Wave energy is a renewable, sustainable and widely available free source of energy. With the right technical, economic and financial solutions, it could have a vast impact on electricity production in the world.
The potential market is enormous and virtually untapped. IRENA (Int’l Renewable Energy Agency) estimates the potential of ocean energy is between 20 000 - 80 000 TWh of electricity per year, or 100% - 400% of current global consumption. According to the UNEP, about half of the world’s population lives within 60 km of a coast and ¾ of our large cities are located on the sea. There is a huge opportunity to provide these communities with competitively priced clean energy from stable, consistent waves.
Wave power offers excellent utilization per megawatt (MW) installed. Under the right circumstances, it can be very price competitive.
When people refer to the size of an energy park – say, a 1 MW installation – the number of MW refers to the energy the park is capable of producing at full capacity, or “full speed” if you will. However, no energy park is at full capacity all the time.
The load factor, or utilization factor, refers to the percentage of full capacity that you can expect on average, over time.
Expected production in % of installed capacity
The graph above compares industry averages for load factors for several renewable technologies. Because circumstances can vary, we’ve chosen to show the typical range for each technology. As you see, the load factor for wave power is very competitive.
Wave energy can be effectively harnessed in installations that take comparatively little space. Because of the high density of water, waves are a concentrated form of energy. In addition, waves work around the clock to generate power.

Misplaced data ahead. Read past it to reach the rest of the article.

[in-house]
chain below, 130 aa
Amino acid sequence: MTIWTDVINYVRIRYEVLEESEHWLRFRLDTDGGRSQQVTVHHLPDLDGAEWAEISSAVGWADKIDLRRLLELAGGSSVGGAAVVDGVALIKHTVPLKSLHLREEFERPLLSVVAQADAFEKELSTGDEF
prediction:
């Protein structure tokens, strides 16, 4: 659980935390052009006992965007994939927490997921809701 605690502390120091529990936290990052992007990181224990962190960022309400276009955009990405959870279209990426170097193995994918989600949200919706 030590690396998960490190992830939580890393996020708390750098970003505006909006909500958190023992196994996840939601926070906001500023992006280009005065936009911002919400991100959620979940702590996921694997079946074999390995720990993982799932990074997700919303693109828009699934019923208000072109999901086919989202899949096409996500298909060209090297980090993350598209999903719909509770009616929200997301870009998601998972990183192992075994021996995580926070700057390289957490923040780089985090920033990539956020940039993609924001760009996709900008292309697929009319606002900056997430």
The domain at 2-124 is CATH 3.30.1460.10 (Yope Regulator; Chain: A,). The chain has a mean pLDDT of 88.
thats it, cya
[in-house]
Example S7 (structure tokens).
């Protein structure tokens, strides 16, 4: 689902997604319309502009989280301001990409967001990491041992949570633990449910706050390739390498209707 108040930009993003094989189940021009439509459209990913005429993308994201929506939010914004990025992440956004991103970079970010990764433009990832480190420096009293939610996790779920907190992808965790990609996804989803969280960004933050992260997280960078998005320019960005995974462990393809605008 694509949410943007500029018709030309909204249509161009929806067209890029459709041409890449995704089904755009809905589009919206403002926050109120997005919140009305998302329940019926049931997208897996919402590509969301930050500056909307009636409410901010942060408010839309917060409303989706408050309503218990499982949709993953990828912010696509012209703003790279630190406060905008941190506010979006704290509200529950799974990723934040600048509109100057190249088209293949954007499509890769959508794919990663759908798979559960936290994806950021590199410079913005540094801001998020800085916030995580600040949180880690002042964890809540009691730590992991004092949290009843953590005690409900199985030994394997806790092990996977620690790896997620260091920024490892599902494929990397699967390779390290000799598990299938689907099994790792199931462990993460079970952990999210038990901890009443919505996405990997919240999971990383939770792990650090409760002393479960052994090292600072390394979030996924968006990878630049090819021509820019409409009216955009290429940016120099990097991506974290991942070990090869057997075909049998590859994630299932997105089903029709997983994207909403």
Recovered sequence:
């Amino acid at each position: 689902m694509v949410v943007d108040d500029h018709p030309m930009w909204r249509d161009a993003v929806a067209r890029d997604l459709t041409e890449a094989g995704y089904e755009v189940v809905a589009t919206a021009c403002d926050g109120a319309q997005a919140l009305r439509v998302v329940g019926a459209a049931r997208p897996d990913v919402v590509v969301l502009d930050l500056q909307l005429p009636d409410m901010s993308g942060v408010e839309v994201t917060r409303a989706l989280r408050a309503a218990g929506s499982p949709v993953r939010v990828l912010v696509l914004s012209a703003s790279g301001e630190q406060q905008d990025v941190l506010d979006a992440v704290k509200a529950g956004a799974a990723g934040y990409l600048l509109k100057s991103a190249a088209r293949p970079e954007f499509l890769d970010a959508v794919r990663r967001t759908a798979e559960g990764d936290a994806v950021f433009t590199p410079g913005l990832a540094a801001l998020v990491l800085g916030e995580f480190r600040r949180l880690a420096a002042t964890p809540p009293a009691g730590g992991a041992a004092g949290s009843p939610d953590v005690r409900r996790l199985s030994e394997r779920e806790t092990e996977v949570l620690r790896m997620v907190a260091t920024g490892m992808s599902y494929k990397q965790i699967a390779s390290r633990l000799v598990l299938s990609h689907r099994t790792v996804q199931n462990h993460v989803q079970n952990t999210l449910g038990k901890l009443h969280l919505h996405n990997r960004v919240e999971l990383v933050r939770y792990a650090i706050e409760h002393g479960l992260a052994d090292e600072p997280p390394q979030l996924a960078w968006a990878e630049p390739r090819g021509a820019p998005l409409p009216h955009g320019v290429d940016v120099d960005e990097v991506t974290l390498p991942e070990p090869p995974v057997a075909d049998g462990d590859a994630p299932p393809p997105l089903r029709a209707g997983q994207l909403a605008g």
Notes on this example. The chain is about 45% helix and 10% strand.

The more power delivered to the grid per MW installed, the lower the cost of electricity.
Several factors contribute to the ability of wave power to deliver more – and more consistent – power to the grid per MW installed.
Constant: The sun sets, the wind stops, but waves work essentially 24/7. Waves formed by high winds continue to propagate long after the wind stops blowing.
Predictable: Waves vary in strength, but are surprisingly predictable and can be forecasted 5 days or more in advance.
Stable: Because of the stable availability of wave energy, there is minimal need for expensive batteries.
Convenient: A large portion of the earth’s population live near the coast. This keeps transmission costs down, which in turn lowers the price of electricity.
Therefore the load factor, or average amount of energy you get out of an installation, can be significantly higher for wave than for solar or wind power.